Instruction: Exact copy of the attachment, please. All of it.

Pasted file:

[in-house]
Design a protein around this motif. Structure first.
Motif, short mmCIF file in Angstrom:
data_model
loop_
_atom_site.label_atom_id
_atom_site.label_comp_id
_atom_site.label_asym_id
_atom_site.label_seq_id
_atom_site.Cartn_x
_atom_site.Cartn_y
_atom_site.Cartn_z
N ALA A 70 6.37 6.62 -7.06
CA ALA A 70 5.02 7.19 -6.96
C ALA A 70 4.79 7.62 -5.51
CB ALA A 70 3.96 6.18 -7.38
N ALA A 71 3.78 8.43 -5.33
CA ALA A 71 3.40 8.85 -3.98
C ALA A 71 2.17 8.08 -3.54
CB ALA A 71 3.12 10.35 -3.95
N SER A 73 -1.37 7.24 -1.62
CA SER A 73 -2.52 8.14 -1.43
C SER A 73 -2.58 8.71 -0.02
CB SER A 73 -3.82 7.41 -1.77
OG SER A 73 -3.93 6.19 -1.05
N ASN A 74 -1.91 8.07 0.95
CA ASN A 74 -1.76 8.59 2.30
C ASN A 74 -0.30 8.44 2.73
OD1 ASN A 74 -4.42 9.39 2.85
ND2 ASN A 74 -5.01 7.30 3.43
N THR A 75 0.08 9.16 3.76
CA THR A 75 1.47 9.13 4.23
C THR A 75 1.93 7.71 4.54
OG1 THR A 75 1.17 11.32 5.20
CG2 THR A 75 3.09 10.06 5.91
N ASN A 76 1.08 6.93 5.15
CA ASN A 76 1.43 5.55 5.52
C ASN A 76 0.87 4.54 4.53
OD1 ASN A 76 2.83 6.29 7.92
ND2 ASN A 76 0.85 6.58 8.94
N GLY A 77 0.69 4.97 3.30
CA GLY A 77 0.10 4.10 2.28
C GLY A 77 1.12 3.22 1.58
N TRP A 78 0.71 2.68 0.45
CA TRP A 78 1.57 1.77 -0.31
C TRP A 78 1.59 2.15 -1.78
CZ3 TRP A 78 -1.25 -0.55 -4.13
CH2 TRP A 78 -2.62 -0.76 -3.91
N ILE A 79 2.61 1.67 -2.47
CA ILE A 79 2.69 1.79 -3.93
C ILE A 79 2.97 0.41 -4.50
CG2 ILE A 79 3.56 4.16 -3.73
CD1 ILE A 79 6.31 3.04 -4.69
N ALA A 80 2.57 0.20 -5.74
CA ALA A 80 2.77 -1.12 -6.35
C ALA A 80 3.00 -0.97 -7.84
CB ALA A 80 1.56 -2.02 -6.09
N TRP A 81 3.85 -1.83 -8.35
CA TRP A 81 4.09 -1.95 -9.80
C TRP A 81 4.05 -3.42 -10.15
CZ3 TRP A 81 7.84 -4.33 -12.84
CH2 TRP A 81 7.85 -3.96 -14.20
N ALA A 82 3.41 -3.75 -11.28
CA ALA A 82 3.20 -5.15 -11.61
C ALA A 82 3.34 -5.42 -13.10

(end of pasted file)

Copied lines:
[in-house]
Design a protein around this motif. Structure first.
Motif, short mmCIF file in Angstrom:
data_model
loop_
_atom_site.label_atom_id
_atom_site.label_comp_id
_atom_site.label_asym_id
_atom_site.label_seq_id
_atom_site.Cartn_x
_atom_site.Cartn_y
_atom_site.Cartn_z
N ALA A 70 6.37 6.62 -7.06
CA ALA A 70 5.02 7.19 -6.96
C ALA A 70 4.79 7.62 -5.51
CB ALA A 70 3.96 6.18 -7.38
N ALA A 71 3.78 8.43 -5.33
CA ALA A 71 3.40 8.85 -3.98
C ALA A 71 2.17 8.08 -3.54
CB ALA A 71 3.12 10.35 -3.95
N SER A 73 -1.37 7.24 -1.62
CA SER A 73 -2.52 8.14 -1.43
C SER A 73 -2.58 8.71 -0.02
CB SER A 73 -3.82 7.41 -1.77
OG SER A 73 -3.93 6.19 -1.05
N ASN A 74 -1.91 8.07 0.95
CA ASN A 74 -1.76 8.59 2.30
C ASN A 74 -0.30 8.44 2.73
OD1 ASN A 74 -4.42 9.39 2.85
ND2 ASN A 74 -5.01 7.30 3.43
N THR A 75 0.08 9.16 3.76
CA THR A 75 1.47 9.13 4.23
C THR A 75 1.93 7.71 4.54
OG1 THR A 75 1.17 11.32 5.20
CG2 THR A 75 3.09 10.06 5.91
N ASN A 76 1.08 6.93 5.15
CA ASN A 76 1.43 5.55 5.52
C ASN A 76 0.87 4.54 4.53
OD1 ASN A 76 2.83 6.29 7.92
ND2 ASN A 76 0.85 6.58 8.94
N GLY A 77 0.69 4.97 3.30
CA GLY A 77 0.10 4.10 2.28
C GLY A 77 1.12 3.22 1.58
N TRP A 78 0.71 2.68 0.45
CA TRP A 78 1.57 1.77 -0.31
C TRP A 78 1.59 2.15 -1.78
CZ3 TRP A 78 -1.25 -0.55 -4.13
CH2 TRP A 78 -2.62 -0.76 -3.91
N ILE A 79 2.61 1.67 -2.47
CA ILE A 79 2.69 1.79 -3.93
C ILE A 79 2.97 0.41 -4.50
CG2 ILE A 79 3.56 4.16 -3.73
CD1 ILE A 79 6.31 3.04 -4.69
N ALA A 80 2.57 0.20 -5.74
CA ALA A 80 2.77 -1.12 -6.35
C ALA A 80 3.00 -0.97 -7.84
CB ALA A 80 1.56 -2.02 -6.09
N TRP A 81 3.85 -1.83 -8.35
CA TRP A 81 4.09 -1.95 -9.80
C TRP A 81 4.05 -3.42 -10.15
CZ3 TRP A 81 7.84 -4.33 -12.84
CH2 TRP A 81 7.85 -3.96 -14.20
N ALA A 82 3.41 -3.75 -11.28
CA ALA A 82 3.20 -5.15 -11.61
C ALA A 82 3.34 -5.42 -13.10